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Unexplained stillbirth remains the largest contributor to perinatal mortality in the Western world; its etiology is frequently unknown, but likely varies by gestational age (GA) and maternal characteristics. Our purpose was to examine the influence of GA and maternal characteristics on prospective risk of stillbirth.
Retrospective cohort of all women from 2000-2003 with a Utah live birth or stillbirth certificate of a singleton non-anomalous pregnancy. Prospective stillbirth risk was calculated by dividing the number of undelivered patients destined to have a stillbirth by the total number of undelivered patients at 1 week GA increments. Ongoing pregnancies were assumed viable until the gestational week the stillbirth was delivered. Data were stratified by delivery GA, maternal age, parity, and prepregnancy BMI; prospective risk was calculated for each group.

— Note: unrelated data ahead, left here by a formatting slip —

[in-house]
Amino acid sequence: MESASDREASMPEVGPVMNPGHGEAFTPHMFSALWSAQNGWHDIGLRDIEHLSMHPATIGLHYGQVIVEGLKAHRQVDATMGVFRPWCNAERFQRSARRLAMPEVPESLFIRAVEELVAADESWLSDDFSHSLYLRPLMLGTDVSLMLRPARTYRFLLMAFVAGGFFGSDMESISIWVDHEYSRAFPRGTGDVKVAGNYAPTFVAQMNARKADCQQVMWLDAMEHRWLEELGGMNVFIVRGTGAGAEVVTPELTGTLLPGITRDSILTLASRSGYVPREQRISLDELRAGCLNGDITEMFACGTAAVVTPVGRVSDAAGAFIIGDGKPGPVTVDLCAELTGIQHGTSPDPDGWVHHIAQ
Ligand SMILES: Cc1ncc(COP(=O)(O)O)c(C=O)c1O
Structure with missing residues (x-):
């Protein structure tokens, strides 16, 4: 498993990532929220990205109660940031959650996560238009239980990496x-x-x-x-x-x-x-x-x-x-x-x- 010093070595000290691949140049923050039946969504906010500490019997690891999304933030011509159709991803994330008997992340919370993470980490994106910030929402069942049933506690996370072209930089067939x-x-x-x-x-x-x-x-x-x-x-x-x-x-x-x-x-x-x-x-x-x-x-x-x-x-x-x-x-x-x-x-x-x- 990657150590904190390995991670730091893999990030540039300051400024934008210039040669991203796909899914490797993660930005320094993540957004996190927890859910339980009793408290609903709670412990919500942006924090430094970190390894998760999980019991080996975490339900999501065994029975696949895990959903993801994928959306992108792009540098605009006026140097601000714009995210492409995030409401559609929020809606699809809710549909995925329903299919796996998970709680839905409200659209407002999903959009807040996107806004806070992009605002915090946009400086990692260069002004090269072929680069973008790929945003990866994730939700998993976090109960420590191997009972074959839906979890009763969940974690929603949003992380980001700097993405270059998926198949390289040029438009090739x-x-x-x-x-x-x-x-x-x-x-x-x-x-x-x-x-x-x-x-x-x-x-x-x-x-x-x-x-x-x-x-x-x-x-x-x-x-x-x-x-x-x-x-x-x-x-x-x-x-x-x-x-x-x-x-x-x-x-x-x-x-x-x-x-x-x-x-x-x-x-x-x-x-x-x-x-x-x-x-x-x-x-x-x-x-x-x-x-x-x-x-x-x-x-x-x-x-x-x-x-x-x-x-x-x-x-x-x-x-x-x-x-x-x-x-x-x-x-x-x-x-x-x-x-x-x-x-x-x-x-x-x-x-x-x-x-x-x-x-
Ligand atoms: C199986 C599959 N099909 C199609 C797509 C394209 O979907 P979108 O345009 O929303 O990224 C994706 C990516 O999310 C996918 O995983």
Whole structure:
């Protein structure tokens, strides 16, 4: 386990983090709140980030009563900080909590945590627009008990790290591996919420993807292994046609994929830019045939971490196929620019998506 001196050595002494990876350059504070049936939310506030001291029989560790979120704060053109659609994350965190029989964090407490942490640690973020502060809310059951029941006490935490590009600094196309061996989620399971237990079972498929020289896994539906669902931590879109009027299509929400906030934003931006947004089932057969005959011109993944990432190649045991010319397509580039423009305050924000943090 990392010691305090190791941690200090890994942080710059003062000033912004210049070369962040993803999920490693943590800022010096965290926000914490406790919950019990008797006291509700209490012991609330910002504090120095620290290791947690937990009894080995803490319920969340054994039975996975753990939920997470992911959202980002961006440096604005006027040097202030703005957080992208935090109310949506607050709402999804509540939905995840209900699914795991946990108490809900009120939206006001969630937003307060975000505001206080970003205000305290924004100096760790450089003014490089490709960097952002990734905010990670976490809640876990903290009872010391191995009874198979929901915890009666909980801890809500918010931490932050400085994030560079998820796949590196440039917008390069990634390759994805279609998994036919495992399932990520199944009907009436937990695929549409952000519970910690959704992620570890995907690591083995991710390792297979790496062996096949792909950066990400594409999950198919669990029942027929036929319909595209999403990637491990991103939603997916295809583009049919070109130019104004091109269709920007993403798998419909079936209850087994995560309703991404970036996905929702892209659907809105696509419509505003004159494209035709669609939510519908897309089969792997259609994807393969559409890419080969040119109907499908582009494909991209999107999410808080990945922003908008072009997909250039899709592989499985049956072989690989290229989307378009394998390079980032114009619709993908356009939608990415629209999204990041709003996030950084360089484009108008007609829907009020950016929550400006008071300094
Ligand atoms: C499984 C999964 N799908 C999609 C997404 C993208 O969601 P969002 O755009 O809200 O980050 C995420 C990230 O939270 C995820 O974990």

186,724 live births and 772 stillbirths met inclusion criteria. Likelihood of stillbirth was highest at 20 weeks gestation, and fell steadily until rising sharply at 40-41 weeks. Women of advanced maternal age (AMA) 35 years, primigravidas, and overweight/obese women (BMI 25) had an increased prospective risk of stillbirth throughout gestation when compared with the entire population.
Overweight/obese, primigravid, and AMA women had a higher prospective stillbirth risk throughout pregnancy. These population based data are important when counseling patients and considering further investigations of this devastating complication.